One Million Acres of Hawaii Watersheds to Be Conserved
VOLCANO, Hawaii, May 27, 2008 (ENS) – A new partnership of public and private landowners has been created to protect watersheds and natural resources across more than one million acres on Mauna Loa, Kilauea and Hualalai on the island of Hawaii.
The Three Mountain Alliance watershed partnership will consist of nine partners who will cooperate under a Memorandum of Understanding and a recently completed management plan.
Three Mountain Alliance partners include the State of Hawaii Department of Land and Natural Resources and Department of Public Safety, the National Park Service at Hawaii Volcanoes National Park, the U.S. Fish and Wildlife Service, the U.S. Geological Survey Pacific Island Ecosystems Research Center, Kamehameha Schools, the U.S. Forest Service, The Nature Conservancy of Hawaii, and the U.S. Agriculture Department’s Natural Resources Conservation Service.
The Three Mountain Alliance will focus on protection of native habitat and species and will benefit the community by managing upland, forested portions of the watershed that provide essential groundwater, water filtration, and flood reduction.
The Three Mountain Alliance Management Plan summarizes joint goals and programs such as habitat and watershed protection, compatible economic use, compatible recreation and ecotourism, education, awareness and public outreach, and cultural resource protection.
“Partnerships such as the Three Mountain Alliance are the most effective way to address threats to the landscape such as invasive weed species that occur across land ownership boundaries,” said Hawaii Volcanoes National Park Superintendent Cindy Orlando. “The park is able to accomplish much more with partners than we could on our own by sharing scarce staff and resources to accomplish joint objectives.”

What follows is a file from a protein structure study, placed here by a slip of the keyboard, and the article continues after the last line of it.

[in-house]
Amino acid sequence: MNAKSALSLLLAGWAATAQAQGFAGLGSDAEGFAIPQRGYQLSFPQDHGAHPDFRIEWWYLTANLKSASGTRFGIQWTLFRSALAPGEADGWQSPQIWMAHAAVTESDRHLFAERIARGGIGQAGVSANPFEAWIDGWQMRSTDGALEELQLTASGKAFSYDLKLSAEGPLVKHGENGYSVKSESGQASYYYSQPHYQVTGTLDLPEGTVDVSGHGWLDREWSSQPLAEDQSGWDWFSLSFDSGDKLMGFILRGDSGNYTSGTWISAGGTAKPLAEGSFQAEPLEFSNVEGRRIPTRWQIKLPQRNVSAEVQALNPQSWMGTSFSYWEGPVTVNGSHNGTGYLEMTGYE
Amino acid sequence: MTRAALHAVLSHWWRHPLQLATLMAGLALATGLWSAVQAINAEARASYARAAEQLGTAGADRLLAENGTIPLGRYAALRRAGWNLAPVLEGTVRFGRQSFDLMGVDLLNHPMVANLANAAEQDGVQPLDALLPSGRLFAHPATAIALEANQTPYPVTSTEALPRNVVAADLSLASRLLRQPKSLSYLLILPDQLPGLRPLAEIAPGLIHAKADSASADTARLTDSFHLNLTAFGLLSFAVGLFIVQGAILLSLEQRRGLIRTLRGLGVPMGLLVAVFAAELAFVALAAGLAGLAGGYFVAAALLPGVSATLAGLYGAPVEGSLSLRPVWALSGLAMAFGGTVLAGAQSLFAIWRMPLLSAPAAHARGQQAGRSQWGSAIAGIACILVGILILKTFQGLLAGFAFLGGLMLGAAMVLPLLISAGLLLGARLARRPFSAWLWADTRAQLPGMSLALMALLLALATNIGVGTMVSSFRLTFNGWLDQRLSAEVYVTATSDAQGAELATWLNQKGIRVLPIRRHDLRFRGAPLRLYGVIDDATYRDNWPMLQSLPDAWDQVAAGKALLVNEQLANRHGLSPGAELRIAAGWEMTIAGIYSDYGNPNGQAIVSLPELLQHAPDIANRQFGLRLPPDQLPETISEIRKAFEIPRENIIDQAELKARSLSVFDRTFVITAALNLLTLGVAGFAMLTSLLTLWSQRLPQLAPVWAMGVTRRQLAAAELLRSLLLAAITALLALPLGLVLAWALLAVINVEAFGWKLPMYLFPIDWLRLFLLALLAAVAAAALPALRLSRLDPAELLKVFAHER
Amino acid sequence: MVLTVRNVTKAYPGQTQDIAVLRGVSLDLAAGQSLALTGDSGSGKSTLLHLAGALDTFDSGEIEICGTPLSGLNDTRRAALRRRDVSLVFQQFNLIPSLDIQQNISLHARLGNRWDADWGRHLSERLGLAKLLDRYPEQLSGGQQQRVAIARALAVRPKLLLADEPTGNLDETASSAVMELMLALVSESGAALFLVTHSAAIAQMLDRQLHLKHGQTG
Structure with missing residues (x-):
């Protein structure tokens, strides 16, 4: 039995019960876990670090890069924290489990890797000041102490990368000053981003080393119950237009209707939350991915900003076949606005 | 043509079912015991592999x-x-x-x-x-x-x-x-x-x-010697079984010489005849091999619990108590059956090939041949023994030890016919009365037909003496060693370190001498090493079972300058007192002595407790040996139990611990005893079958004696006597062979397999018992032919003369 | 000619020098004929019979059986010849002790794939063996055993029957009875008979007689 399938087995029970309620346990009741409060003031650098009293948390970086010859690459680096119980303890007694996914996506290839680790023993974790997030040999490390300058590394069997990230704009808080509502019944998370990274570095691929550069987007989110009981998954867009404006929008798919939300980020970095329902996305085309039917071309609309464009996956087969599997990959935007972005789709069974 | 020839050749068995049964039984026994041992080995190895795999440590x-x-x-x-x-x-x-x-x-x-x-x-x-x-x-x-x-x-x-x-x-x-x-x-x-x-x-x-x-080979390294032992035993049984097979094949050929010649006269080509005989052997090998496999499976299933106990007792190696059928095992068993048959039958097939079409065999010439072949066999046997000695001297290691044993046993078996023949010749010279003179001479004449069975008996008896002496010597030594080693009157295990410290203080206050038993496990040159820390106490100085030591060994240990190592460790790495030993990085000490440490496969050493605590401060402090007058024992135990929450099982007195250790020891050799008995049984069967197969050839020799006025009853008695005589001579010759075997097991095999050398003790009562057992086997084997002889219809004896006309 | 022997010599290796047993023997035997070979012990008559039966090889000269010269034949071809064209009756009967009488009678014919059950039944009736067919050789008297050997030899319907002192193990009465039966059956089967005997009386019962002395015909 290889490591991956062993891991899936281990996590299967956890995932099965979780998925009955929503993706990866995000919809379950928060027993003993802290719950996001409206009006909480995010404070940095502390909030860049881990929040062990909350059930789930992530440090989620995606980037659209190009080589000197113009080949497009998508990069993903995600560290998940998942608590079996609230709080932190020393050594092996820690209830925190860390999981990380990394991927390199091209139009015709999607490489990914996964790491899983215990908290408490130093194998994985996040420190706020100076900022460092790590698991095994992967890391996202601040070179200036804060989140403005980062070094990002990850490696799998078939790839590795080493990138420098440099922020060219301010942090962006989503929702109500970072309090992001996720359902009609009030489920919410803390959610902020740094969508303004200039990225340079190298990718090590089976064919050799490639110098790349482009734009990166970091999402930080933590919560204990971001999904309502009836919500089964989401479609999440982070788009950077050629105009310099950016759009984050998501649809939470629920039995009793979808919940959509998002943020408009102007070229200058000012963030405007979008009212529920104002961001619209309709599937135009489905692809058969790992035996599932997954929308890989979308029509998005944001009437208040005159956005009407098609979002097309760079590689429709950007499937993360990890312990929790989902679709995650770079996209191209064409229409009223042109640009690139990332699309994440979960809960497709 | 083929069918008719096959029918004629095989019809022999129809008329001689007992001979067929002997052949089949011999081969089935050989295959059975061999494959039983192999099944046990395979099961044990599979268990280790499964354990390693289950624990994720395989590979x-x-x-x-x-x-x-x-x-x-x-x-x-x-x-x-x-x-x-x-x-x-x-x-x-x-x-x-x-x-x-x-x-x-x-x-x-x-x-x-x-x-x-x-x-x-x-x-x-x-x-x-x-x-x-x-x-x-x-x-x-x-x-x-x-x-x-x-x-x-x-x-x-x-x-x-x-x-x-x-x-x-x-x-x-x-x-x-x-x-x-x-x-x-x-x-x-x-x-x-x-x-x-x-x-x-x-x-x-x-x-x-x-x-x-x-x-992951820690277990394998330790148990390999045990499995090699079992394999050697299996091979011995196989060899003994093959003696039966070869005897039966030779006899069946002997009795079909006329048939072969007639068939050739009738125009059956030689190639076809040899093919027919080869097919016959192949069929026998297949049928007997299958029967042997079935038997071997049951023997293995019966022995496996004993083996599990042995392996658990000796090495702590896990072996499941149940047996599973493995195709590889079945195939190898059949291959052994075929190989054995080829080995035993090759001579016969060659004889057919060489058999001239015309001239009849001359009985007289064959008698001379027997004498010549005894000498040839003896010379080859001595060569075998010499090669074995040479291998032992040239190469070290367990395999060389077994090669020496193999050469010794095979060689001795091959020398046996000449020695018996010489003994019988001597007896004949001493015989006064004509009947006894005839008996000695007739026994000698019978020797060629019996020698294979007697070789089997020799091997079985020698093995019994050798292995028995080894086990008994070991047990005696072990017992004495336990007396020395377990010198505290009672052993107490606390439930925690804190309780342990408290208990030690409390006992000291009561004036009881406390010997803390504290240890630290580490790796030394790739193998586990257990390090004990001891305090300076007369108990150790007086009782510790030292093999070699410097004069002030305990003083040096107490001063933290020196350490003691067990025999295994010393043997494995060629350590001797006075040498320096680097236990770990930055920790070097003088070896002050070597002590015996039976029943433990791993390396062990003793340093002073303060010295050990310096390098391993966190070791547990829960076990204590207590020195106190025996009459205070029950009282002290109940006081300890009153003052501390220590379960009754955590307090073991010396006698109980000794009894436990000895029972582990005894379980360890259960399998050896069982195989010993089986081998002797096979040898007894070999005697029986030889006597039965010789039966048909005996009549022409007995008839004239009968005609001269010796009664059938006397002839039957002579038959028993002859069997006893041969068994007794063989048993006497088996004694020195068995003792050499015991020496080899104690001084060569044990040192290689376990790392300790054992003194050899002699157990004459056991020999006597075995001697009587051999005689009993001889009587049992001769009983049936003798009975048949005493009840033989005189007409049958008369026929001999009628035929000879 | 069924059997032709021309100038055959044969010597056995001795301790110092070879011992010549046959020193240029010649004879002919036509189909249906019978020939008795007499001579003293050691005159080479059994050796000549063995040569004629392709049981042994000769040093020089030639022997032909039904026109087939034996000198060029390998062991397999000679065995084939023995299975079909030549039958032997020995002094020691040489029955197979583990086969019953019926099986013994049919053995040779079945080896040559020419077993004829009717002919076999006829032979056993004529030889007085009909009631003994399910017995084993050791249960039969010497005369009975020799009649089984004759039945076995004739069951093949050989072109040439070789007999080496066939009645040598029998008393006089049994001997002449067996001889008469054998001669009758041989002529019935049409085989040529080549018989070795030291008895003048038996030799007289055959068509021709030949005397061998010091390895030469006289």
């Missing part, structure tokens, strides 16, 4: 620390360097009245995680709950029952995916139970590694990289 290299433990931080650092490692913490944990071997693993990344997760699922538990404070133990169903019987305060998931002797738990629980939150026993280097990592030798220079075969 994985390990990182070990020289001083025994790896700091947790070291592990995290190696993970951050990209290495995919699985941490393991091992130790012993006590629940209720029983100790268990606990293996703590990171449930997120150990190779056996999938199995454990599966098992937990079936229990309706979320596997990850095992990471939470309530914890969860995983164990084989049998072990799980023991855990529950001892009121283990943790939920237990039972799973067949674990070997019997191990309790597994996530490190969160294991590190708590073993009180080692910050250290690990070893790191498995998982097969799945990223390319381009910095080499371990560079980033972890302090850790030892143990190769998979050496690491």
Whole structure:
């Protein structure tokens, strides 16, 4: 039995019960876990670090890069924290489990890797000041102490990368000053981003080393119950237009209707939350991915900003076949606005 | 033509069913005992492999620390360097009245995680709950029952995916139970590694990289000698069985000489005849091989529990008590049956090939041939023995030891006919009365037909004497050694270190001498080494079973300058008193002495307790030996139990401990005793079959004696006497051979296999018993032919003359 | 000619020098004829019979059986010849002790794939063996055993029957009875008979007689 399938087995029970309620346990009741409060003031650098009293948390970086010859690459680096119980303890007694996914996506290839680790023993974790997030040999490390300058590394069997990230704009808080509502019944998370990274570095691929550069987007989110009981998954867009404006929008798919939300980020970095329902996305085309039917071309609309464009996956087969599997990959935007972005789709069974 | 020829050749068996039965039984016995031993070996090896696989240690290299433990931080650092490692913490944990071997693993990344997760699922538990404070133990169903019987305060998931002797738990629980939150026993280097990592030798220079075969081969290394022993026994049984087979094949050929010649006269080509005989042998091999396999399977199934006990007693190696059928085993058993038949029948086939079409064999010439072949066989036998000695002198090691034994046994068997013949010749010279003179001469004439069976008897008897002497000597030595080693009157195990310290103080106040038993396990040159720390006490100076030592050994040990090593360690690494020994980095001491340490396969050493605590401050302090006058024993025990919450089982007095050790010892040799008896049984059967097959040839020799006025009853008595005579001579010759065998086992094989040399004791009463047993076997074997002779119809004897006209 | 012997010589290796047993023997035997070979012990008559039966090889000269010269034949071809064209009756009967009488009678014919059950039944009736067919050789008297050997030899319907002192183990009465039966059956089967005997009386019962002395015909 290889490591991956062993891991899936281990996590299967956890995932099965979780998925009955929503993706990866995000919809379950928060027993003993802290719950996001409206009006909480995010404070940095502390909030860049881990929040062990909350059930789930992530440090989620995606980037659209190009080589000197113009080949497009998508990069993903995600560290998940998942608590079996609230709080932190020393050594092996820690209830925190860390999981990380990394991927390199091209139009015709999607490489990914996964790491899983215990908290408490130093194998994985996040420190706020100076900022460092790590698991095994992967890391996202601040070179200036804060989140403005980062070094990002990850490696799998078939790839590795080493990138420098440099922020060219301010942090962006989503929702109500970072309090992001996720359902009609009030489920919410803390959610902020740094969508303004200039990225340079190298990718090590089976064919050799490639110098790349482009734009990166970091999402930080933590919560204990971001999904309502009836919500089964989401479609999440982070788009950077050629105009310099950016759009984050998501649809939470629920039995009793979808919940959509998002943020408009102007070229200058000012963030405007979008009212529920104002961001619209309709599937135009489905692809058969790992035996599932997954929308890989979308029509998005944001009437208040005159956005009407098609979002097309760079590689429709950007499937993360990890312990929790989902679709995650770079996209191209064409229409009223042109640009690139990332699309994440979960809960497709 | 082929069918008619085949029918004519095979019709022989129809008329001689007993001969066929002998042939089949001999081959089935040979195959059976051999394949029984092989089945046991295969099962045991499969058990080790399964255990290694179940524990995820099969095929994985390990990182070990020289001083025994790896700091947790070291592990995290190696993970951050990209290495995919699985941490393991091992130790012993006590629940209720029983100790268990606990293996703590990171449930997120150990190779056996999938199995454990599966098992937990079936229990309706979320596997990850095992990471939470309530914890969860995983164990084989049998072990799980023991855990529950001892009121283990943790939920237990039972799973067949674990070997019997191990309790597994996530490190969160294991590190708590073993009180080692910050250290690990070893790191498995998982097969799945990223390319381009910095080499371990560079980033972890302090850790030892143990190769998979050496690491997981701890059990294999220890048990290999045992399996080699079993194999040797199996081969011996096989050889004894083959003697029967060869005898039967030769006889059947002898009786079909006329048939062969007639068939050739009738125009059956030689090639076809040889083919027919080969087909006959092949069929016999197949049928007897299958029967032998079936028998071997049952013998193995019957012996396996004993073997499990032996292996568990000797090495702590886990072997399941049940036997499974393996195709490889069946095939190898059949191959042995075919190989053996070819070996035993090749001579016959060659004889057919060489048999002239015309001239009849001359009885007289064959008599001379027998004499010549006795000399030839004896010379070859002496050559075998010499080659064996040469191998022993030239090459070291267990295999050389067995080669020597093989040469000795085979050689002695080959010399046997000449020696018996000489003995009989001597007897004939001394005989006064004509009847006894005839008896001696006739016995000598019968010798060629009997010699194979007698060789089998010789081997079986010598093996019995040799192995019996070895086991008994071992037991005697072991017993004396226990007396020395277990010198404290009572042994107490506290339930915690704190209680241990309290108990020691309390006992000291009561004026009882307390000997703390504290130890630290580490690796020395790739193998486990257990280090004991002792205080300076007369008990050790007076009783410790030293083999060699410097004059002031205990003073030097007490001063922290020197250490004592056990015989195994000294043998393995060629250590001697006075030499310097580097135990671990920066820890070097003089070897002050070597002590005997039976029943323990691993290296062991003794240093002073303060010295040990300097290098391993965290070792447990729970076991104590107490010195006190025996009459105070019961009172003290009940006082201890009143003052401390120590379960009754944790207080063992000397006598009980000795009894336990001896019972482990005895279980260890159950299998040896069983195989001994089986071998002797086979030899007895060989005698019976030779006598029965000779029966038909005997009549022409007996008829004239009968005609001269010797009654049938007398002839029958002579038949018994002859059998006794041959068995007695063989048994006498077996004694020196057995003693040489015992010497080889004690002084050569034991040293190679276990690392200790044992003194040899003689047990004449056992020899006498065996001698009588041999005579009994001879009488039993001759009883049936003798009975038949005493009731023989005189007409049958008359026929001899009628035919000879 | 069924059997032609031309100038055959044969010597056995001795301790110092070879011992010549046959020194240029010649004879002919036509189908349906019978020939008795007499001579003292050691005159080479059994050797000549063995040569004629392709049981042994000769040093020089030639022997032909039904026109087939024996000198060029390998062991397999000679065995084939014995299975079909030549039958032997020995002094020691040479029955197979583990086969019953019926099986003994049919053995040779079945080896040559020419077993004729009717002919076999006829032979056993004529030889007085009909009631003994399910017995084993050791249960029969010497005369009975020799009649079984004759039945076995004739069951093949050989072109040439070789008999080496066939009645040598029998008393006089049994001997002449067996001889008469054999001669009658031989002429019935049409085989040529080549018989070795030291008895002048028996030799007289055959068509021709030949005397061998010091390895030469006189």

The Ka‘u Forest Reserve on the island
of Hawaii (Photo by Christine Ogura)
Laura Thielen, who chairs the Department of Land and Natural Resources, said, “Land-based activities have a direct effect on nearshore waters and corals and fisheries. For this reason, partnerships are critical to support healthy ecosystems, on land and in the ocean.”
“Coordinated on-the-ground management of threats such as invasive animals, weeds and fire is critically needed to maintain healthy watersheds on the slopes of Kilauea, Mauna Loa and Hualalai to sustain the future quality and quantity of fresh water and benefit Hawaii’s people as well as native plants and animals,” said Roger Imoto, the Division of Forestry and Wildlife’s branch manager for Hawaii Island.
Kamehameha Schools is the largest private landowner currently involved in the partnership, but other agencies and large, private landowners with a management interest in the landscape will be invited to join the Three Mountain Alliance.
Peter Simmons, Kamehameha Schools regional assets manager, points out that “large landowners such as Kamehameha Schools have a responsibility to show leadership in caring for their lands because these areas are critically important to the life, health and well being of the native Hawaiian ecosystems and human communities that inhabit them.”
A unique aspect to the Three Mountain Alliance is the involvement of the state’s Kulani Correctional Facility and its inmates in conservation work such as fencing and native reforestation.
“The Department of Public Safety and Kulani Correctional Facility are very excited to participate with this innovative partnership through our inmate programs such as the conservation workline and the native plant horticulture program,” said Beryl Iramina, warden at Kulani Correctional Facility.
“By participating in the partnership, our inmates receive education and work training opportunities,” she said. “Inmates can also give back to the community through our community service programs helping Three Mountain Alliance partners protect and restore important watershed lands.”
The Three Mountain Alliance plans for the near future include initiating an education and restoration project in Hawaii Volcanoes National Park and Keauhou Ranch lands with local students and teachers using native plants grown by Kulani inmates.
The Alliance intends to develop a watershed management plan for the upland forests of Kau and Kapapala with the community. There are plans for control of wild cattle in several state-owned forest reserves, protective fencing of dry forests in upland Kona, and joint invasive weed control projects.
The Three Mountain Alliance is one of nine partnerships throughout the state that are members of the Hawaii Association of Watershed Partnerships. The Three Mountain Alliance Management Plan can be found at the Hawaii Association of Watershed Partnerships Website www.hawp.org